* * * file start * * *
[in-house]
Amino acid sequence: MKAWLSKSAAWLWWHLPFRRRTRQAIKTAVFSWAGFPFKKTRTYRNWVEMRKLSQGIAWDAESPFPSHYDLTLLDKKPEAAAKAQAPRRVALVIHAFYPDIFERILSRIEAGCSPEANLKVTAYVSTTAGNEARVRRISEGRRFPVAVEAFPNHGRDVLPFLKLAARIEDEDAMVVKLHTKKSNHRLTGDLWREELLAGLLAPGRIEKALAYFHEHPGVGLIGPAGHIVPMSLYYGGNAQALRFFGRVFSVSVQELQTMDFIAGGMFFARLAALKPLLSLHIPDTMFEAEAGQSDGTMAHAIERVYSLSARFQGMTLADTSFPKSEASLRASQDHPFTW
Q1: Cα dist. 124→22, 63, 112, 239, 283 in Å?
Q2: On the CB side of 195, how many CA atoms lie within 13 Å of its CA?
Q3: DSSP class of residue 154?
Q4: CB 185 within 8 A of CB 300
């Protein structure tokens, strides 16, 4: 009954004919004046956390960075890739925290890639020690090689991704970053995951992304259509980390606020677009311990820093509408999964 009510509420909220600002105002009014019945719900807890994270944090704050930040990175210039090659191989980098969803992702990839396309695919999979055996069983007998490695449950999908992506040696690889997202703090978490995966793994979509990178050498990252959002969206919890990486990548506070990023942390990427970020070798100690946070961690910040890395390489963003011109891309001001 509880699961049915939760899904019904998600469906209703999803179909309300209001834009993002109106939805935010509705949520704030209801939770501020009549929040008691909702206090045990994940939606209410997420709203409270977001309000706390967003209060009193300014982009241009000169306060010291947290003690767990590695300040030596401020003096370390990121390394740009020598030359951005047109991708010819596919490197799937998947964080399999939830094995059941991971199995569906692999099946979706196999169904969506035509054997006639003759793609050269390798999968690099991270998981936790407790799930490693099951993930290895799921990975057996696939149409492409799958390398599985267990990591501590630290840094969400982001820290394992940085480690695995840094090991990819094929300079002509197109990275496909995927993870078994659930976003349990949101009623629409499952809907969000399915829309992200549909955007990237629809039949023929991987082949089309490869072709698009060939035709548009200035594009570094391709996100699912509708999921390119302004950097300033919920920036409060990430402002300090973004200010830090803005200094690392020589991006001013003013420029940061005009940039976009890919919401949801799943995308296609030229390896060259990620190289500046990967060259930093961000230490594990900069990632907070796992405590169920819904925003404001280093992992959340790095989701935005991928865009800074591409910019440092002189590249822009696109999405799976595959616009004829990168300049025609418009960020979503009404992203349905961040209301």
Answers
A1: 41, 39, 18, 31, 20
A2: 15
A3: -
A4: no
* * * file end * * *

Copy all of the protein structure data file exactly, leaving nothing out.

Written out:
[in-house]
Amino acid sequence: MKAWLSKSAAWLWWHLPFRRRTRQAIKTAVFSWAGFPFKKTRTYRNWVEMRKLSQGIAWDAESPFPSHYDLTLLDKKPEAAAKAQAPRRVALVIHAFYPDIFERILSRIEAGCSPEANLKVTAYVSTTAGNEARVRRISEGRRFPVAVEAFPNHGRDVLPFLKLAARIEDEDAMVVKLHTKKSNHRLTGDLWREELLAGLLAPGRIEKALAYFHEHPGVGLIGPAGHIVPMSLYYGGNAQALRFFGRVFSVSVQELQTMDFIAGGMFFARLAALKPLLSLHIPDTMFEAEAGQSDGTMAHAIERVYSLSARFQGMTLADTSFPKSEASLRASQDHPFTW
Q1: Cα dist. 124→22, 63, 112, 239, 283 in Å?
Q2: On the CB side of 195, how many CA atoms lie within 13 Å of its CA?
Q3: DSSP class of residue 154?
Q4: CB 185 within 8 A of CB 300
């Protein structure tokens, strides 16, 4: 009954004919004046956390960075890739925290890639020690090689991704970053995951992304259509980390606020677009311990820093509408999964 009510509420909220600002105002009014019945719900807890994270944090704050930040990175210039090659191989980098969803992702990839396309695919999979055996069983007998490695449950999908992506040696690889997202703090978490995966793994979509990178050498990252959002969206919890990486990548506070990023942390990427970020070798100690946070961690910040890395390489963003011109891309001001 509880699961049915939760899904019904998600469906209703999803179909309300209001834009993002109106939805935010509705949520704030209801939770501020009549929040008691909702206090045990994940939606209410997420709203409270977001309000706390967003209060009193300014982009241009000169306060010291947290003690767990590695300040030596401020003096370390990121390394740009020598030359951005047109991708010819596919490197799937998947964080399999939830094995059941991971199995569906692999099946979706196999169904969506035509054997006639003759793609050269390798999968690099991270998981936790407790799930490693099951993930290895799921990975057996696939149409492409799958390398599985267990990591501590630290840094969400982001820290394992940085480690695995840094090991990819094929300079002509197109990275496909995927993870078994659930976003349990949101009623629409499952809907969000399915829309992200549909955007990237629809039949023929991987082949089309490869072709698009060939035709548009200035594009570094391709996100699912509708999921390119302004950097300033919920920036409060990430402002300090973004200010830090803005200094690392020589991006001013003013420029940061005009940039976009890919919401949801799943995308296609030229390896060259990620190289500046990967060259930093961000230490594990900069990632907070796992405590169920819904925003404001280093992992959340790095989701935005991928865009800074591409910019440092002189590249822009696109999405799976595959616009004829990168300049025609418009960020979503009404992203349905961040209301």
Answers
A1: 41, 39, 18, 31, 20
A2: 15
A3: -
A4: no